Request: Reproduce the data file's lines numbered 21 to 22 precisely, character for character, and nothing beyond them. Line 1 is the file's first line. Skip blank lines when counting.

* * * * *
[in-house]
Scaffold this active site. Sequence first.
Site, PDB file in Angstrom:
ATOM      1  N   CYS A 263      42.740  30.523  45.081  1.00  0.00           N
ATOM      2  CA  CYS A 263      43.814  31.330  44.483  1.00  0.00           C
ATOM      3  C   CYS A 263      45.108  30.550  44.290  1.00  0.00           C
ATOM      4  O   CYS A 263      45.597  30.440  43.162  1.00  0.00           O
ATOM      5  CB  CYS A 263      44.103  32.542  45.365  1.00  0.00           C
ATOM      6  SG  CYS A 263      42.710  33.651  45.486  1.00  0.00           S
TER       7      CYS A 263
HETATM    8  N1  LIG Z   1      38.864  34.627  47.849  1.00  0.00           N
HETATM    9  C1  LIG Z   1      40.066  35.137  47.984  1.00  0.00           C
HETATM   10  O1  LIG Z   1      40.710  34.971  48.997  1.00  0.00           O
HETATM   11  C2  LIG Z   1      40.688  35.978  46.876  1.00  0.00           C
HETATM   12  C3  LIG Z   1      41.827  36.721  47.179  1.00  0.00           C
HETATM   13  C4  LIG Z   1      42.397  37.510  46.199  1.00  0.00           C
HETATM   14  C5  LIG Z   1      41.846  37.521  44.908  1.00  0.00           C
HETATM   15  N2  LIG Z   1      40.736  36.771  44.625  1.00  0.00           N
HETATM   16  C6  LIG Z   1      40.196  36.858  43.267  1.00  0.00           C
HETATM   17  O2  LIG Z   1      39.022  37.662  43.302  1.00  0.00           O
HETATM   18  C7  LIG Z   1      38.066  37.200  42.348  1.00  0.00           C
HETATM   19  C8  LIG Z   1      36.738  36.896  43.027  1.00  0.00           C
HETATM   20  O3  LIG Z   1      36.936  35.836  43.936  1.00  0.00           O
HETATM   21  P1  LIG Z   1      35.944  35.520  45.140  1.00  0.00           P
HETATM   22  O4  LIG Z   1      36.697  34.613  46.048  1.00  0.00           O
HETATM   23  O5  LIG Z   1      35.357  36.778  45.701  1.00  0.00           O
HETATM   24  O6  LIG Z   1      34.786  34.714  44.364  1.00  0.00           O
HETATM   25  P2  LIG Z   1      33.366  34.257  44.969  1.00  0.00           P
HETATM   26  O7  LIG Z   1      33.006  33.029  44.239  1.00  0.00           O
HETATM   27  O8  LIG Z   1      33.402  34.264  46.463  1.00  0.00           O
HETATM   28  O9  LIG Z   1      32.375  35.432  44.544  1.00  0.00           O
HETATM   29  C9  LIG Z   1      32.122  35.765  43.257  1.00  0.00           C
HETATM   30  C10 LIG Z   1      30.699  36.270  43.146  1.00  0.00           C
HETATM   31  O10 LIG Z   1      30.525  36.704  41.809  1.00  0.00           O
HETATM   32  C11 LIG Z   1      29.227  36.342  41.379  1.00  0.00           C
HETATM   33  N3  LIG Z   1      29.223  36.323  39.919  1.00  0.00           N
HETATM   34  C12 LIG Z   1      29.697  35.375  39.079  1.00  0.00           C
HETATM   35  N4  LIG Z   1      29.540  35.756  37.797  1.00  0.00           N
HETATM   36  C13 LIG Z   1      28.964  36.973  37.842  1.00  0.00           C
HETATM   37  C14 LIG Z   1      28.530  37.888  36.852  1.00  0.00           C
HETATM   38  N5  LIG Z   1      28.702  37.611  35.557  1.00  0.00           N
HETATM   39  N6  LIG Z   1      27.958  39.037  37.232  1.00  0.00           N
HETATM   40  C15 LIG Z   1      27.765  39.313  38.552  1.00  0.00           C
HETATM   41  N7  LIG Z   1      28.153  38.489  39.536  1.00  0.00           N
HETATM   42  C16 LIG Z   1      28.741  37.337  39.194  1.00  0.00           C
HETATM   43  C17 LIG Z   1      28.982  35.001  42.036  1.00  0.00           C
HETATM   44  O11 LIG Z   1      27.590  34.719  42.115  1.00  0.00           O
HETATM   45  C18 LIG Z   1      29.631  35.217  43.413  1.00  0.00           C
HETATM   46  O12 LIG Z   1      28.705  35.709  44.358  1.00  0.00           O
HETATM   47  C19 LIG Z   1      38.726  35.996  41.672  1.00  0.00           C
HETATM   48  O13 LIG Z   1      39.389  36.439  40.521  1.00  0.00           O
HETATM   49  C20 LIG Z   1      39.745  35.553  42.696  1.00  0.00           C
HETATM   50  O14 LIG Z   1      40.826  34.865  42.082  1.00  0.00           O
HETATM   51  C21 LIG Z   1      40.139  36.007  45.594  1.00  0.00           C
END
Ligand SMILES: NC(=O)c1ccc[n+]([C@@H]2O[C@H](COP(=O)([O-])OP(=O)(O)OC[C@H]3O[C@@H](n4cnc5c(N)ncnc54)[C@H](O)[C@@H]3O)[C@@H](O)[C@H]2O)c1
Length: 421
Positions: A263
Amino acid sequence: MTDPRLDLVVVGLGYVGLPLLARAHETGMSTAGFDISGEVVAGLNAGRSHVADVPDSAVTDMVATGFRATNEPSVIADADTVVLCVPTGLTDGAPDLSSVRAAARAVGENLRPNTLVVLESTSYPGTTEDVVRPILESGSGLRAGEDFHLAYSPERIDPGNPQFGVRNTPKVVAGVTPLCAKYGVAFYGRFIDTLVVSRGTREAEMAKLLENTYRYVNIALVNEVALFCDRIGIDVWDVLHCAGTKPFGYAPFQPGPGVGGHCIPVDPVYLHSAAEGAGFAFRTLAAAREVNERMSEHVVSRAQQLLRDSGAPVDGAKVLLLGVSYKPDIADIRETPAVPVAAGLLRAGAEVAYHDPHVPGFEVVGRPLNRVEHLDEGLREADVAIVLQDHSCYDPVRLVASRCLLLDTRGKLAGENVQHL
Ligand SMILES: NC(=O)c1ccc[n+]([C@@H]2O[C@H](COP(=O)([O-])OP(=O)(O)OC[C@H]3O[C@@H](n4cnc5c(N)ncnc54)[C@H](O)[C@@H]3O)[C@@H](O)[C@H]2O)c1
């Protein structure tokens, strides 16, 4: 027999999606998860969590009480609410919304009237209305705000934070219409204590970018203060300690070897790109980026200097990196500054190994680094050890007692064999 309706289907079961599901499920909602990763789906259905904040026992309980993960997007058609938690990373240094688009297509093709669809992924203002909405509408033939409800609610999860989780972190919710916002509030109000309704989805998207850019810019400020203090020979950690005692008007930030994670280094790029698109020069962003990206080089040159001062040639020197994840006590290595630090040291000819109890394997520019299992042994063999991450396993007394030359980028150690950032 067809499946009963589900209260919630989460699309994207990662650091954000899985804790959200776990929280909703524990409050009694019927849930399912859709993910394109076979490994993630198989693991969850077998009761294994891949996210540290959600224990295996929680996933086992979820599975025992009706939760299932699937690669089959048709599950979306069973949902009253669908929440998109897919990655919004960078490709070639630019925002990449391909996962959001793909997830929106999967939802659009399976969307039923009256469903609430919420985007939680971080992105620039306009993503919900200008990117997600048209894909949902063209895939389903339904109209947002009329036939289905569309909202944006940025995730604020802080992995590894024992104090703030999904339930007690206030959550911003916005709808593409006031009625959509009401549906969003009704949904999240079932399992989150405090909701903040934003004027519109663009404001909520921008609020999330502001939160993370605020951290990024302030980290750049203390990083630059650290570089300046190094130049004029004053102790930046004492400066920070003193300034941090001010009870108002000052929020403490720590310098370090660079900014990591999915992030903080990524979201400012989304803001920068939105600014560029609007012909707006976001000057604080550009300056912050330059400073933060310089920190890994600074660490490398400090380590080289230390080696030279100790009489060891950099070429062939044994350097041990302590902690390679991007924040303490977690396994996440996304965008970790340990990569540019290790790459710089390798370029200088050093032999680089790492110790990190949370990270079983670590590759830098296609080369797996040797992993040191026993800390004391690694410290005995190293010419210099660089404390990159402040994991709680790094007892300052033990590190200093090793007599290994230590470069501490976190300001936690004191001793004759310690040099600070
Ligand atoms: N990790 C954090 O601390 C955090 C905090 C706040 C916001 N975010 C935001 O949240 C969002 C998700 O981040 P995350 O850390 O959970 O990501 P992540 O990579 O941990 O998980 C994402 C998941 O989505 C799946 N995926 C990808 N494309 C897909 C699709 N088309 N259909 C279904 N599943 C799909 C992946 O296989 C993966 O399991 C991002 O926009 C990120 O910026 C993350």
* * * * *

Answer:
HETATM   18  C7  LIG Z   1      38.066  37.200  42.348  1.00  0.00           C
HETATM   19  C8  LIG Z   1      36.738  36.896  43.027  1.00  0.00           C